The high-temperature argument over blame for the coronavirus is rapidly pushing the United States and China into a potentially dangerous new Cold War.
President Donald Trump and other administration officials claim that the virus, which many scientists say originally came from a bat, emerged from a Chinese government laboratory in Wuhan. They have offered no evidence, and both Gen. Mark Milley, chairman of the Joint Chiefs of Staff, and Dr. Anthony Fauci, America’s top immunologist, say they’ve seen none.
Secretary of State Michael R. Pompeo has gone further. He says the episode, including Beijing’s alleged efforts to conceal the initial outbreak in Wuhan, shows that China’s communist government is inherently malign.
“This is an enormous crisis created by the fact that the Chinese Communist Party … reverted to the kinds of disinformation, the kinds of concealment, that authoritarian regimes do,” he said Sunday.
Pompeo said Trump is correcting “40 years of appeasement of China,” a period that includes every president since Jimmy Carter.
Matthew Pottinger, the second-ranking official on Trump’s National Security Council staff, made a similar argument more subtly Monday at a digital conference hosted by University of Virginia’s Miller Center.
Pottinger said China deserves a government more responsive to its citizens and warned that continued repression could spark rebellion. He also borrowed an aphorism from Spider-Man: “With great power comes great responsibility — and I don’t think China has met that test.”
Pompeo and Pottinger are right on the larger questions. China’s government is autocratic and corrupt. President Xi Jinping has been steering the country away from democracy and reform. His military has bullied weaker neighbors, especially in the South China Sea.
In this crisis, China has sounded more like an adversary than a competitor — making unsubstantiated claims that a visiting U.S. soldier may have brought the coronavirus to Wuhan, and returning Pompeo’s insults in kind.
“If the dishonest behavior of evil politicians like Pompeo continues, ‘Make America Great Again’ could become merely a joke,” newscaster Li Zimeng said on Beijing’s main government-owned television network last week.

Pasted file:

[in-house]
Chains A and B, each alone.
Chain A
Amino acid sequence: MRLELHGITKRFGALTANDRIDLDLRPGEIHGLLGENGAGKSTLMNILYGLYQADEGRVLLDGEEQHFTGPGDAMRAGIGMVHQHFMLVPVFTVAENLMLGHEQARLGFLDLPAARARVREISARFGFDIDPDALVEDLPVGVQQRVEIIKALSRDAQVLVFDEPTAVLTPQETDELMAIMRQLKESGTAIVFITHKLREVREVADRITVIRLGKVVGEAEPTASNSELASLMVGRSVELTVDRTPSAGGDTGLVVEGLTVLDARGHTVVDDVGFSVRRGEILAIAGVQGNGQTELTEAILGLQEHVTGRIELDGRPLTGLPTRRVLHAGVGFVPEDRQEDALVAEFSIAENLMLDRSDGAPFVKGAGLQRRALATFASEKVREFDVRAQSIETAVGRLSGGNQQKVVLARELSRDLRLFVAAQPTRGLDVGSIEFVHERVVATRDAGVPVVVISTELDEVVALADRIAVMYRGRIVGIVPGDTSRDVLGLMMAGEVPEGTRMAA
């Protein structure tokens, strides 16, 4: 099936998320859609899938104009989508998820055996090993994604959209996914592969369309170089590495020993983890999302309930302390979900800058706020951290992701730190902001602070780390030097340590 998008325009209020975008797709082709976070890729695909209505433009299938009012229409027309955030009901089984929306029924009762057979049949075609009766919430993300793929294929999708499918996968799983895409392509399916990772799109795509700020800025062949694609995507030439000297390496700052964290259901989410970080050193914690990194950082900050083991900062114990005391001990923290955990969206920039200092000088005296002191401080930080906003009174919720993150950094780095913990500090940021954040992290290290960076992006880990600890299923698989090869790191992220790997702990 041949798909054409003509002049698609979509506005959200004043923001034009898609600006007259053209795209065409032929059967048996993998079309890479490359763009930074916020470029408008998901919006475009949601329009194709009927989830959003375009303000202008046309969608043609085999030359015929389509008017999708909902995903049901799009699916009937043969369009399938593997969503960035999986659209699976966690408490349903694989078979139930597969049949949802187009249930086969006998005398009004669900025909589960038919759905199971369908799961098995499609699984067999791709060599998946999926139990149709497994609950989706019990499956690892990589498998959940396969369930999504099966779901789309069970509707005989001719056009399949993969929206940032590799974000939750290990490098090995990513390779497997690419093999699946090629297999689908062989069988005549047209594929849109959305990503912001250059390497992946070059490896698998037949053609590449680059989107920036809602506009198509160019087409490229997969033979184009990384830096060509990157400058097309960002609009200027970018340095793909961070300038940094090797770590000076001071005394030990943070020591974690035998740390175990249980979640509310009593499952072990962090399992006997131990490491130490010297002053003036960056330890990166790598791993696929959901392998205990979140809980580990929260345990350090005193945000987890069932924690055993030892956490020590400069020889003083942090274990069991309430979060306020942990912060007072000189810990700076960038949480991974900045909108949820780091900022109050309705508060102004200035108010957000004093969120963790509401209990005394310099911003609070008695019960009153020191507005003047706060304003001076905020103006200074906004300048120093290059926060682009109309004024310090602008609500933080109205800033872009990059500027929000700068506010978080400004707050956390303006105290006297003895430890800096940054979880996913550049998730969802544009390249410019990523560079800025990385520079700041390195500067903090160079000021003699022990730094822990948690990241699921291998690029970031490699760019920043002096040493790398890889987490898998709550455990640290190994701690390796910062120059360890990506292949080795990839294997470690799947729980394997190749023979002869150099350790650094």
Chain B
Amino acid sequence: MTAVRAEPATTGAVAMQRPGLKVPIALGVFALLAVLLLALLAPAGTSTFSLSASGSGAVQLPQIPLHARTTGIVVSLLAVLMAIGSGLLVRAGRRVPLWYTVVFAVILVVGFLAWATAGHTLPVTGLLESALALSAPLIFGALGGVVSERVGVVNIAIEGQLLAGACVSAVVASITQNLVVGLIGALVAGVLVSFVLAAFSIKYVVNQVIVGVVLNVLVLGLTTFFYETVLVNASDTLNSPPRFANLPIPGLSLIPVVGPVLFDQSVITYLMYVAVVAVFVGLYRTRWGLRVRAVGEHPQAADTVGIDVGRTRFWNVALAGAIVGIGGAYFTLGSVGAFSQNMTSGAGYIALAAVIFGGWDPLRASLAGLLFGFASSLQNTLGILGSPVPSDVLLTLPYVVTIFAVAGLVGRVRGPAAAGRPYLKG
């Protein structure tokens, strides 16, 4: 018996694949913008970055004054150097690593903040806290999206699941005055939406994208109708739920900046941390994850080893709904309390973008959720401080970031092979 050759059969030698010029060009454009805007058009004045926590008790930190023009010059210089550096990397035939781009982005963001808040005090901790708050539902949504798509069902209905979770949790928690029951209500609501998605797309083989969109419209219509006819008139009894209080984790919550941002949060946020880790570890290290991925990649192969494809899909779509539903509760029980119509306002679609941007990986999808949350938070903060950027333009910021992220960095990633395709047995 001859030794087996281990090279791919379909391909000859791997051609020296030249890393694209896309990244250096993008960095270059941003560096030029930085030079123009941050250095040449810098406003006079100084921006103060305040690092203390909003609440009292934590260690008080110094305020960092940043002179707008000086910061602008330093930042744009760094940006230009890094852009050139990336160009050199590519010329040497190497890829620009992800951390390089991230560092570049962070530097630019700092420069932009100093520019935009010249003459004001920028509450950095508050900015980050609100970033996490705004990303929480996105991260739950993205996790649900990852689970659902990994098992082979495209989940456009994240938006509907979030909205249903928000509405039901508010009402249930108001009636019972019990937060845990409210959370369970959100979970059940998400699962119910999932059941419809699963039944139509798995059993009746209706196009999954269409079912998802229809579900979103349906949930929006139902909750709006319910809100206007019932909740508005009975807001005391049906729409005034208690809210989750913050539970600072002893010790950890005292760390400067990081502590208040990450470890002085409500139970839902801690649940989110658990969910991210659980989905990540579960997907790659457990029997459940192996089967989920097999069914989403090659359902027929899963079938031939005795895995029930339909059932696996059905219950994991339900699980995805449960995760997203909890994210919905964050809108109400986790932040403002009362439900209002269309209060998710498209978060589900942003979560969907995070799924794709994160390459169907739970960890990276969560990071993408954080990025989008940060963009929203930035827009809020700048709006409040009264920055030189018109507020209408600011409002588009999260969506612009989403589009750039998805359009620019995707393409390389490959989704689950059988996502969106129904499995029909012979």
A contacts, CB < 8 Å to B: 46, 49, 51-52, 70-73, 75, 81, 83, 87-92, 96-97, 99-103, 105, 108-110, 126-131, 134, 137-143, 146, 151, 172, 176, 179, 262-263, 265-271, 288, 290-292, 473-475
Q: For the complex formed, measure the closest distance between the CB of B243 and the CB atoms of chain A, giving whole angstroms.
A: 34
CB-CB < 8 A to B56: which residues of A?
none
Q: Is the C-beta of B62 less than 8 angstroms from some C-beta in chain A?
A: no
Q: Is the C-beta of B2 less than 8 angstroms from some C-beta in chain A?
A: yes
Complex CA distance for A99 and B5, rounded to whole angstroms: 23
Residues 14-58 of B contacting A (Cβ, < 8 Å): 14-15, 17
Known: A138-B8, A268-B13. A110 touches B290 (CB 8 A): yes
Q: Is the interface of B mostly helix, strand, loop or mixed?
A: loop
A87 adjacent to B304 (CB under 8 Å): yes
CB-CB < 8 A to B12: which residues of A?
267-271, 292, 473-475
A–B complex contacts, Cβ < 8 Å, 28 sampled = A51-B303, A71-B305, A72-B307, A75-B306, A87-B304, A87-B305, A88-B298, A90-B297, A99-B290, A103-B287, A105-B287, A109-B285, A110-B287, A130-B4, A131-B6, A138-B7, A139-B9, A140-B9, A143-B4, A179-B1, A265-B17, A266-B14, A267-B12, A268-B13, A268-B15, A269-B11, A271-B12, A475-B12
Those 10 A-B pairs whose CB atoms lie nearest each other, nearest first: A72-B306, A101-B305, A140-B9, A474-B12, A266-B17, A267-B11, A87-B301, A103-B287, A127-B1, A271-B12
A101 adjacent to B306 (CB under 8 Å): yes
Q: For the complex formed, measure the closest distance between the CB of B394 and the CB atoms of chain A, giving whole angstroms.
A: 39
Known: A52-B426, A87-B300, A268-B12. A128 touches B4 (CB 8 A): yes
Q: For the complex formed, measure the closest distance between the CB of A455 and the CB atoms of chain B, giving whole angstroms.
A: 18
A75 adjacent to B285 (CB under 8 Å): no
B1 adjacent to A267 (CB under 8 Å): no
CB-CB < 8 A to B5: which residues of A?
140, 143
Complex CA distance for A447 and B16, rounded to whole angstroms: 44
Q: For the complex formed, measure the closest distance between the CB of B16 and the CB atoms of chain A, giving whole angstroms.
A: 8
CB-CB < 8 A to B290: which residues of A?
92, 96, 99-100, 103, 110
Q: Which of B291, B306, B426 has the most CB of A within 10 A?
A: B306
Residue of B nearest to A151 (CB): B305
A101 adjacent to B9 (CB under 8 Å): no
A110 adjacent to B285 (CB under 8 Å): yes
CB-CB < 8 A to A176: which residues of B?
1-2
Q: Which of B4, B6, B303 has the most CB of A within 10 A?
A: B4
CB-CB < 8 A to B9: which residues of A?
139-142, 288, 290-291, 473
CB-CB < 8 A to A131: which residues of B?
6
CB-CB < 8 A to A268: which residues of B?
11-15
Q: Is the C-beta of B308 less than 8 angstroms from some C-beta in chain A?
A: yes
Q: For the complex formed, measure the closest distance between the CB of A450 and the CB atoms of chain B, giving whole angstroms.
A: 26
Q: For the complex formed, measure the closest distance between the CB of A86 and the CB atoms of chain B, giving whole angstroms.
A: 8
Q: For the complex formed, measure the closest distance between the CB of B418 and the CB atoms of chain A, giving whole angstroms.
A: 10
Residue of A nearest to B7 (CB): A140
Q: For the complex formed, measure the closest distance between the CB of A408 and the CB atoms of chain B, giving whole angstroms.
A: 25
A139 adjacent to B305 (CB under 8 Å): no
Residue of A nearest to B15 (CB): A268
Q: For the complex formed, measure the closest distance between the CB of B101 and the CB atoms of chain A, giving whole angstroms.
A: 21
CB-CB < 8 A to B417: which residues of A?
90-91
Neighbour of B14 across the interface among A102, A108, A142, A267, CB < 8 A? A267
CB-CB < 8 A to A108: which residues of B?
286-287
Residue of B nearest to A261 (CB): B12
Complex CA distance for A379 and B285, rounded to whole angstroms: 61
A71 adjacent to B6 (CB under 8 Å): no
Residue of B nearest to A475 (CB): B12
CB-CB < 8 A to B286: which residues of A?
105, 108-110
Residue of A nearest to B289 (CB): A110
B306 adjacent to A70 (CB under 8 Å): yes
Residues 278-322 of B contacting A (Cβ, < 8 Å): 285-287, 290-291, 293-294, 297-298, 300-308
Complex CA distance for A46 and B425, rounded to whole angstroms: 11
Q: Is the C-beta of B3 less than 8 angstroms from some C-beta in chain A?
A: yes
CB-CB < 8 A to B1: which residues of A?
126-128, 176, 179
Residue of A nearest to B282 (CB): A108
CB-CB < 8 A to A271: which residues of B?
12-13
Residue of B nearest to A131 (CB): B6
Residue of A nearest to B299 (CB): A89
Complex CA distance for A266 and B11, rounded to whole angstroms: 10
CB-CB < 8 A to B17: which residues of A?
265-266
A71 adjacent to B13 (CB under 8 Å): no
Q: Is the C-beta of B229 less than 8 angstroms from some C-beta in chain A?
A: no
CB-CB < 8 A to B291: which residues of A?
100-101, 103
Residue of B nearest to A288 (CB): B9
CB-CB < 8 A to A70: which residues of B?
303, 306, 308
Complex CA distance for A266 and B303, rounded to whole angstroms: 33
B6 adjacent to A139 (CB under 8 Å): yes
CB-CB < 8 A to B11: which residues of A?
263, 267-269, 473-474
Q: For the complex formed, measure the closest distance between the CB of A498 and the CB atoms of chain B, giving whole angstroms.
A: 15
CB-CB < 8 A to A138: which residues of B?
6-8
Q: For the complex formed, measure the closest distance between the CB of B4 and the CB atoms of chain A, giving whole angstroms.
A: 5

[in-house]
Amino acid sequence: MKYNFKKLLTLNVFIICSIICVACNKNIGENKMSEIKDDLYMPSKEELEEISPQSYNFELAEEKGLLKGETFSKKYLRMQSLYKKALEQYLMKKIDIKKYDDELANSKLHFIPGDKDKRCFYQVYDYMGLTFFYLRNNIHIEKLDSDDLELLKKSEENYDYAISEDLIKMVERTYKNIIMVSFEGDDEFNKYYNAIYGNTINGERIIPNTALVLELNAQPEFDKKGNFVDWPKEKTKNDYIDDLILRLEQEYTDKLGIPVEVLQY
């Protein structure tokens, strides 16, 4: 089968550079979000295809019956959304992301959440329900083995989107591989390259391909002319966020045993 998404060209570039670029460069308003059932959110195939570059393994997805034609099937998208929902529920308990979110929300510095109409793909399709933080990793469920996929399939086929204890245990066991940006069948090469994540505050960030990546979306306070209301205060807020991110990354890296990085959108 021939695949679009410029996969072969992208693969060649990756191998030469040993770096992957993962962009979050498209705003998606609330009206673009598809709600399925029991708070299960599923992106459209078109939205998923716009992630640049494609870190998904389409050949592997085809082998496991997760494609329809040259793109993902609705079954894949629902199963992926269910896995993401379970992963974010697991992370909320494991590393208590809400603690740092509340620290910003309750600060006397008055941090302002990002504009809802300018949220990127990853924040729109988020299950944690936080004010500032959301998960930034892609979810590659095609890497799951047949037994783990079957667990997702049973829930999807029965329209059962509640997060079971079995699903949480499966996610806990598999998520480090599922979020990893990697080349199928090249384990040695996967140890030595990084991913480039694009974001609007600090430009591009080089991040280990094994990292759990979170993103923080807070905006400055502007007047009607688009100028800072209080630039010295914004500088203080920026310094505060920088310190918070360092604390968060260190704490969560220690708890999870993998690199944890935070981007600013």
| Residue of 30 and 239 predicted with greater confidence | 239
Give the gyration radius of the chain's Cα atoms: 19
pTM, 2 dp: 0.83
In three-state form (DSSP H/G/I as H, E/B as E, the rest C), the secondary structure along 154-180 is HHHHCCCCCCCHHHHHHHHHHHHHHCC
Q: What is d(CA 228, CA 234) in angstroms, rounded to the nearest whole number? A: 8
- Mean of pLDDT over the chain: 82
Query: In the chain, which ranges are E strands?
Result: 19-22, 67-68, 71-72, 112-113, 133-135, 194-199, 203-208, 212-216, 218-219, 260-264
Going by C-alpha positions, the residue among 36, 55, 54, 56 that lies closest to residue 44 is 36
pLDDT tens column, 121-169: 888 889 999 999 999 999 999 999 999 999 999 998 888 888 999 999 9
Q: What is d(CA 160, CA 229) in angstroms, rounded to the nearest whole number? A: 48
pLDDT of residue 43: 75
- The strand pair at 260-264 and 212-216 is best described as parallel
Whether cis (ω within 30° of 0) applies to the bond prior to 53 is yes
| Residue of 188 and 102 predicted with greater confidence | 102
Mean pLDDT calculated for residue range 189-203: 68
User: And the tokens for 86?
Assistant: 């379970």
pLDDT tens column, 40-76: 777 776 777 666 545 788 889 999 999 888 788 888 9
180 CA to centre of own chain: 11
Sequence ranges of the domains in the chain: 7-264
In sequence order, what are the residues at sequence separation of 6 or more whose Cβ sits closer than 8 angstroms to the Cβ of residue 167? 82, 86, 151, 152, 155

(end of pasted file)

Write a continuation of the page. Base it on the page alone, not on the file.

That’s what makes this a new version of the Cold War, the 40-year-long struggle between the United States and the Soviet Union. Each side sounds bent on bringing down the other’s political system.
It’s also unusual for this White House, which generally doesn’t criticize authoritarian governments unless they’re on its enemies list. Until now, that meant Iran, Venezuela and Cuba, but not China.
It’s not clear if Trump is as angry as his hawkish aides. Only a few months ago, he was full of praise for Xi, who had just signed an agreement to buy $200 billion worth of U.S. goods.
“He’s for China, I’m for the U.S., but other than that, we love each other,” Trump said.
On Sunday, in an event at the Lincoln Memorial, the president sounded relatively mild. “My opinion is they made a mistake,” he said. “They tried to cover it.”
That wasn’t quite Cold War stuff — more like an effort to convince voters that China deserves the blame for the pandemic, and please ignore the chaos in the Trump administration.
More serious is the question of how far this new Cold War will go.
Cold Wars are dangerous. In the last one, the United States and the Soviet Union came close to nuclear war at least three times.
“Ideological competition … makes it much more difficult to cooperate,” James Steinberg, who was deputy director of the National Security Council under President Clinton, warned at the University of Virginia event. “It tends to build a greater sense that our success depends on the other side’s failure — that we would be better off if China didn’t succeed.”
The paradox of U.S.-China relations is that the world’s two biggest powers need to coexist, and even cooperate when they can, while they compete and collide.
It’s messy, complicated and hard. But it gets even harder when both sides commit themselves to unrelenting confrontation.
A decision that weighty deserves more deliberation, and not in the heat of a pandemic or a presidential campaign. A great nation’s foreign policy shouldn’t be made on the basis of bat droppings.
Doyle McManus is a columnist for the Los Angeles Times. Readers may send him email at firstname.lastname@example.org